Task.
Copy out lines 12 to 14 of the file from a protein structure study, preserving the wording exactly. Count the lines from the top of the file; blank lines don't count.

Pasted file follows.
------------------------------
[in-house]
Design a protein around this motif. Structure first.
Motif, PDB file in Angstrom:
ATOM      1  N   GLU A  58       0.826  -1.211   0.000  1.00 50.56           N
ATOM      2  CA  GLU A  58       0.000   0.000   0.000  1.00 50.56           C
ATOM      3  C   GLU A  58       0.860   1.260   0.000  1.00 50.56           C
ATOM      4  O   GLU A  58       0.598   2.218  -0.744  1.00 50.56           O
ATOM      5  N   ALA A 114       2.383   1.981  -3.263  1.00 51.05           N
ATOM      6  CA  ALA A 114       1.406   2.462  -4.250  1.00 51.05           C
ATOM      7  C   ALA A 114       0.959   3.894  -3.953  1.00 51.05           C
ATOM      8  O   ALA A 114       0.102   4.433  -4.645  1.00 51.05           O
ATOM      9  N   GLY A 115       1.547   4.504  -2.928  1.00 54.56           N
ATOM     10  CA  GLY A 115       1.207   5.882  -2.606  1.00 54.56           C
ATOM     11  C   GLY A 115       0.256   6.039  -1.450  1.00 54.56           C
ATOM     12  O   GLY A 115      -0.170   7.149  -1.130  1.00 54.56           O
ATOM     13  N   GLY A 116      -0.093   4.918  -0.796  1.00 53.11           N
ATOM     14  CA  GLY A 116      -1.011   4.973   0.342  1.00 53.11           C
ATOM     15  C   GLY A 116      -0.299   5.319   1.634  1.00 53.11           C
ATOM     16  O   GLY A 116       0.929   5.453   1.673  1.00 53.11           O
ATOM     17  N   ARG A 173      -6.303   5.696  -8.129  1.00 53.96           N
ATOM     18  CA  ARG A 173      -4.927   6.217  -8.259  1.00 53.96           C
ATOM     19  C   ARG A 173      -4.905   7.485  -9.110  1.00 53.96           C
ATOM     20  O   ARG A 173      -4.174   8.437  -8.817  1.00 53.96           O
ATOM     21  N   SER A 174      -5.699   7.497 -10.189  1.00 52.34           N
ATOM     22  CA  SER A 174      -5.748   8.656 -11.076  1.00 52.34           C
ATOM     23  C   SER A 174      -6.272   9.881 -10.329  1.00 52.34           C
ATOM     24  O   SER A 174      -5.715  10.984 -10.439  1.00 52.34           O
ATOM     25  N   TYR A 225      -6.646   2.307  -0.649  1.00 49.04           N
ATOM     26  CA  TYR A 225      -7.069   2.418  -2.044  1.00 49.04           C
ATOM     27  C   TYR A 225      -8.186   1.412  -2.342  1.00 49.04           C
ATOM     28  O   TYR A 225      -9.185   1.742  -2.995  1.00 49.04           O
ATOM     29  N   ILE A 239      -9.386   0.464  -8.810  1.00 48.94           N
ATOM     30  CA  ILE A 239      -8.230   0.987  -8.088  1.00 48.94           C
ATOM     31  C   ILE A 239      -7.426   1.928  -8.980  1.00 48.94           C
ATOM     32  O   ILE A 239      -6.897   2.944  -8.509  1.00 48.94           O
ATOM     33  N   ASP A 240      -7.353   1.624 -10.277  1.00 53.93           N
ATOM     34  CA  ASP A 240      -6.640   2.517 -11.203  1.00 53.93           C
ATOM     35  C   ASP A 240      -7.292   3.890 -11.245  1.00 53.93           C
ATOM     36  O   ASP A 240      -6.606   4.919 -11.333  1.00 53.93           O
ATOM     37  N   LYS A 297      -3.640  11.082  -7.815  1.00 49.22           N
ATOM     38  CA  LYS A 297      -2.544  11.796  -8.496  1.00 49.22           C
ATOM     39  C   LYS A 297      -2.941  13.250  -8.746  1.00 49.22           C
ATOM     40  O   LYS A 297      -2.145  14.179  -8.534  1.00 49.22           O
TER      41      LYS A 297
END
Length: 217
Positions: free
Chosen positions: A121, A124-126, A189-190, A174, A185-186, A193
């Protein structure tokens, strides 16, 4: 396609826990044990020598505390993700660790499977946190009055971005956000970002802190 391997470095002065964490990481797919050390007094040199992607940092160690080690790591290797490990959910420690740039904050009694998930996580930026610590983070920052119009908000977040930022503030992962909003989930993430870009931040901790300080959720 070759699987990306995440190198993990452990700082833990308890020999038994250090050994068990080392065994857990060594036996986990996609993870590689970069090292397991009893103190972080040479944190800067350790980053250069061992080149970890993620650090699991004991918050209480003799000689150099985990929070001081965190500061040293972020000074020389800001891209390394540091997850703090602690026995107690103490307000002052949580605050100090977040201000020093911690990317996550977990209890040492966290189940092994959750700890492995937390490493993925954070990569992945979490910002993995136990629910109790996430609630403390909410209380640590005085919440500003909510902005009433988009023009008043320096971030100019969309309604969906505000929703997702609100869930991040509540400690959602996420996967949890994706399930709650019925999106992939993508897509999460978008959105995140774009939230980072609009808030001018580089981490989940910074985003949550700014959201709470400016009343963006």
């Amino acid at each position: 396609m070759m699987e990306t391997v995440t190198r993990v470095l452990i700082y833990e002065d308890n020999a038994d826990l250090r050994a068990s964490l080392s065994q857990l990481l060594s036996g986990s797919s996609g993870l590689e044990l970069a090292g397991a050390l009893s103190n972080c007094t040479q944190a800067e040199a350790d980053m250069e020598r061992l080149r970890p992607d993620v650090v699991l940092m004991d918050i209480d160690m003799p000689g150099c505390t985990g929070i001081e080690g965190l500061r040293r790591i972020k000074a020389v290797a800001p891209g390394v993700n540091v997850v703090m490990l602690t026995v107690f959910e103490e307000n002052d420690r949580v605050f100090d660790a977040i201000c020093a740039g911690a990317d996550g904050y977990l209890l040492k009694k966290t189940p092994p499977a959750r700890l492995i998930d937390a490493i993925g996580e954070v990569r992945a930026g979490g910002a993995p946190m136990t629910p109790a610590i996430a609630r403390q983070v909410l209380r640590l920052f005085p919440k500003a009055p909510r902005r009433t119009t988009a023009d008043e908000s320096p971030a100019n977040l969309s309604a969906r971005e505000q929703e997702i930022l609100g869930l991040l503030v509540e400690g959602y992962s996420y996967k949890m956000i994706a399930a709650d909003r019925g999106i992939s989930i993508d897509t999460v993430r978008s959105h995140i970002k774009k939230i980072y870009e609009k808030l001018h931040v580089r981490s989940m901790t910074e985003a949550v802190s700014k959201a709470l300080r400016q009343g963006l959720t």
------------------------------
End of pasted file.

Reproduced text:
ATOM      9  N   GLY A 115       1.547   4.504  -2.928  1.00 54.56           N
ATOM     10  CA  GLY A 115       1.207   5.882  -2.606  1.00 54.56           C
ATOM     11  C   GLY A 115       0.256   6.039  -1.450  1.00 54.56           C